Maurice Legg

Chapter 8 … University and Rowing

I worked very hard for the next two years and, in June 1950, was rewarded with a BSc degree. I had rowed some: I won the Presidents Sculls (the second best sculling trophy.) Dick Shield won the University sculls which was a top event in the University. Also Dick, my great friend, and I won the University Pairs another high status event. We beat some of the stars and I was invited to the trials for the University 8 and was selected. This signal honour would have given me a Blue; however I was aware that rowing for the university would kill my chances of passing my final exams and so I finally turned it down. It was the right thing to do and I wasn’t really too disappointed. Secretly I didn’t think the university were very good at rowing anyway!

I had decided to go to Thames Rowing Club in London , by far the strongest rowing club in England at the time. Why start with anything but the best? I did the Dick Whittington thing, went to London and found a job, in my case, with the GEC Research Labs. My first assignment was in the group of Mr Willshaw specialising in the development of High Power Microwave Power generators used in Radar Systems. I spent 5 years with GEC without accomplishing much of anything technical. Lack of interest played a part but also most of my energy was expended on the river! I successfully joined Thames Rowing Club and found it brimming over with old Oxford and Cambridge Blues. I was always available to row with whomever needed an extra man facilitated by the fact that I could row equally well on both stroke side and bow side and in due course was noticed. In late 1950, when training started for the Head of the River, I was in the First eight. Tony Purssell, an old Etonian, who had 3 Oxford blues and had stroked Oxford was in the second eight. My success was an endorsement of the coaching of Ken Tarbuck and owed something to the strengthening effect of wheeling barrows full of concrete.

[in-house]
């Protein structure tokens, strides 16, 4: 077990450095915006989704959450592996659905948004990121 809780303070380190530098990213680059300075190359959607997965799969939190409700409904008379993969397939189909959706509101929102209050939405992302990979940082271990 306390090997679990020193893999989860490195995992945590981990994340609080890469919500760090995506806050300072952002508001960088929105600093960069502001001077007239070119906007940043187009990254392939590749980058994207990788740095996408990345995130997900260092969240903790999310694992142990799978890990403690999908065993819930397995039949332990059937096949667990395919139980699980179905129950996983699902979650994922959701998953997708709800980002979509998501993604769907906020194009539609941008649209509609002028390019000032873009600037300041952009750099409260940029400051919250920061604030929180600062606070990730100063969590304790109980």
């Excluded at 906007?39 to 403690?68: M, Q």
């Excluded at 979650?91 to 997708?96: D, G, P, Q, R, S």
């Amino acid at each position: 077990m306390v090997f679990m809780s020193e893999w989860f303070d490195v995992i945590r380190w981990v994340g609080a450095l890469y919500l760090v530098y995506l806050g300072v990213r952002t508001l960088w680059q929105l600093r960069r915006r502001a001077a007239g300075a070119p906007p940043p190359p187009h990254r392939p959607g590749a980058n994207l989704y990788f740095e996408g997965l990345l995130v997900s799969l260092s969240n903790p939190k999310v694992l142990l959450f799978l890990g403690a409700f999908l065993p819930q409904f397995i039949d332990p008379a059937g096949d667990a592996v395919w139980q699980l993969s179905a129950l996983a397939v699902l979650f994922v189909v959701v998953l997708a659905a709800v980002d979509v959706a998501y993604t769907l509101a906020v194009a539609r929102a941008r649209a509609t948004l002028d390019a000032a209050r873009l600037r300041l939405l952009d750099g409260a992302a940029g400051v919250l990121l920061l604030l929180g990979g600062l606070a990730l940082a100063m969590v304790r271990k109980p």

My rowing career with Thames is described fully in Thames yearbooks and in Geoffrey Page’s book. Over the years 1950 to 1956, Thames was by far the most successful club in England . I won the Olympic trials in 1952,  a Silver and a Bronze medal in the Commonwealth Games in Vancouver in 1954, a fourth place in the World Championships in Belgium in 1955 and the Stewards at Henley in 1956. Additionally, and for me probably the satisfying achievement, was to win the Thames Head of the River for the three years 1953,1955 and 1956 since I was the first three- time winner of this event each time with different crews. In 1956, after winning the Stewards and being unbeaten in any event that year, we should have been an automatic choice for the Olympics. However we’d had a bad row in the first heat winning only narrowly and that gave the all - powerful selectors the opportunity to judge that we weren’t good enough for the Olympics and they decided instead to select a composite eight of “younger” favourites and send them to Australia. This they did; their crew was quite disgraceful and was badly beaten. I was by then fed up with rowing and ready for something totally different!

Chapter 9 ...Post university, marriage... Canada
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